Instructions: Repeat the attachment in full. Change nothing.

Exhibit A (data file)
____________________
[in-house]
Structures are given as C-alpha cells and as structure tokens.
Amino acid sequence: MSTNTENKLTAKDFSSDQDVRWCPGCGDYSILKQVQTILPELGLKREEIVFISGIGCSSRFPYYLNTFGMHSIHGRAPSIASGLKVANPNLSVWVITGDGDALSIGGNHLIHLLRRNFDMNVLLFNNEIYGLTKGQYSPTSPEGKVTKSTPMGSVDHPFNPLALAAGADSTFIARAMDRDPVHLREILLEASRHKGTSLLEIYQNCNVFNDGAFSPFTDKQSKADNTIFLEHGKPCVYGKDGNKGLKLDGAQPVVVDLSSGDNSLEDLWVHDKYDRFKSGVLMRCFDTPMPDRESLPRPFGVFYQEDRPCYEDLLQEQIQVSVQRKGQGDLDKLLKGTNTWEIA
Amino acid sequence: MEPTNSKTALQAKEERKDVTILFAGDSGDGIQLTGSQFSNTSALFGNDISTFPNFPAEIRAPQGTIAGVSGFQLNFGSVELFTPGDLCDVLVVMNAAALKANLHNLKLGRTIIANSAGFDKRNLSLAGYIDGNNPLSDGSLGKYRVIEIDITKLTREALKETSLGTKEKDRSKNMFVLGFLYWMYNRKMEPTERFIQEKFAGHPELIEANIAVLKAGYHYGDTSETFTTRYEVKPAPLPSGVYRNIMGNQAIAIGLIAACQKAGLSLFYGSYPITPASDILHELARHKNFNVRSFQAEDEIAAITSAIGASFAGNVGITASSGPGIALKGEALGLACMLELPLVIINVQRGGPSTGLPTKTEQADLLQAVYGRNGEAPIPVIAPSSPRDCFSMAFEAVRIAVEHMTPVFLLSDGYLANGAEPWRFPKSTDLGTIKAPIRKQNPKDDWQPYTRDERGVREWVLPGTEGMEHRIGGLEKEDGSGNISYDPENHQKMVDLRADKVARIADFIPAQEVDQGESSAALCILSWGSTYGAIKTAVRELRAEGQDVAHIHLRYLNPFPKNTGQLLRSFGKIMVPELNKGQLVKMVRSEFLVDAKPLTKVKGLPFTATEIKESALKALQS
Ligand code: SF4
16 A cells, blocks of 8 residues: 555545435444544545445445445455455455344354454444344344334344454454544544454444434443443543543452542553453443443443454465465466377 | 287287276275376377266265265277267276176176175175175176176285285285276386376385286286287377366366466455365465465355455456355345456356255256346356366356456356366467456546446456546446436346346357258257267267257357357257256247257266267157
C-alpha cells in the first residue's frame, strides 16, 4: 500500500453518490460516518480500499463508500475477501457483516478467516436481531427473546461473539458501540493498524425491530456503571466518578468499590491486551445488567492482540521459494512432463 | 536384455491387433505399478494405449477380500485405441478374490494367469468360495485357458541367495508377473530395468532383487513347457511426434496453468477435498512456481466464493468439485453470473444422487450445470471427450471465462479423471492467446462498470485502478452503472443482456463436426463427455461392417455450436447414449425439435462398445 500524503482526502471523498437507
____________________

[in-house]
Structures are given as C-alpha cells and as structure tokens.
Amino acid sequence: MSTNTENKLTAKDFSSDQDVRWCPGCGDYSILKQVQTILPELGLKREEIVFISGIGCSSRFPYYLNTFGMHSIHGRAPSIASGLKVANPNLSVWVITGDGDALSIGGNHLIHLLRRNFDMNVLLFNNEIYGLTKGQYSPTSPEGKVTKSTPMGSVDHPFNPLALAAGADSTFIARAMDRDPVHLREILLEASRHKGTSLLEIYQNCNVFNDGAFSPFTDKQSKADNTIFLEHGKPCVYGKDGNKGLKLDGAQPVVVDLSSGDNSLEDLWVHDKYDRFKSGVLMRCFDTPMPDRESLPRPFGVFYQEDRPCYEDLLQEQIQVSVQRKGQGDLDKLLKGTNTWEIA
Amino acid sequence: MEPTNSKTALQAKEERKDVTILFAGDSGDGIQLTGSQFSNTSALFGNDISTFPNFPAEIRAPQGTIAGVSGFQLNFGSVELFTPGDLCDVLVVMNAAALKANLHNLKLGRTIIANSAGFDKRNLSLAGYIDGNNPLSDGSLGKYRVIEIDITKLTREALKETSLGTKEKDRSKNMFVLGFLYWMYNRKMEPTERFIQEKFAGHPELIEANIAVLKAGYHYGDTSETFTTRYEVKPAPLPSGVYRNIMGNQAIAIGLIAACQKAGLSLFYGSYPITPASDILHELARHKNFNVRSFQAEDEIAAITSAIGASFAGNVGITASSGPGIALKGEALGLACMLELPLVIINVQRGGPSTGLPTKTEQADLLQAVYGRNGEAPIPVIAPSSPRDCFSMAFEAVRIAVEHMTPVFLLSDGYLANGAEPWRFPKSTDLGTIKAPIRKQNPKDDWQPYTRDERGVREWVLPGTEGMEHRIGGLEKEDGSGNISYDPENHQKMVDLRADKVARIADFIPAQEVDQGESSAALCILSWGSTYGAIKTAVRELRAEGQDVAHIHLRYLNPFPKNTGQLLRSFGKIMVPELNKGQLVKMVRSEFLVDAKPLTKVKGLPFTATEIKESALKALQS
Ligand code: SF4
16 A cells, blocks of 8 residues: 555545435444544545445445445455455455344354454444344344334344454454544544454444434443443543543452542553453443443443454465465466377 | 287287276275376377266265265277267276176176175175175176176285285285276386376385286286287377366366466455365465465355455456355345456356255256346356366356456356366467456546446456546446436346346357258257267267257357357257256247257266267157
C-alpha cells in the first residue's frame, strides 16, 4: 500500500453518490460516518480500499463508500475477501457483516478467516436481531427473546461473539458501540493498524425491530456503571466518578468499590491486551445488567492482540521459494512432463 | 536384455491387433505399478494405449477380500485405441478374490494367469468360495485357458541367495508377473530395468532383487513347457511426434496453468477435498512456481466464493468439485453470473444422487450445470471427450471465462479423471492467446462498470485502478452503472443482456463436426463427455461392417455450436447414449425439435462398445 500524503482526502471523498437507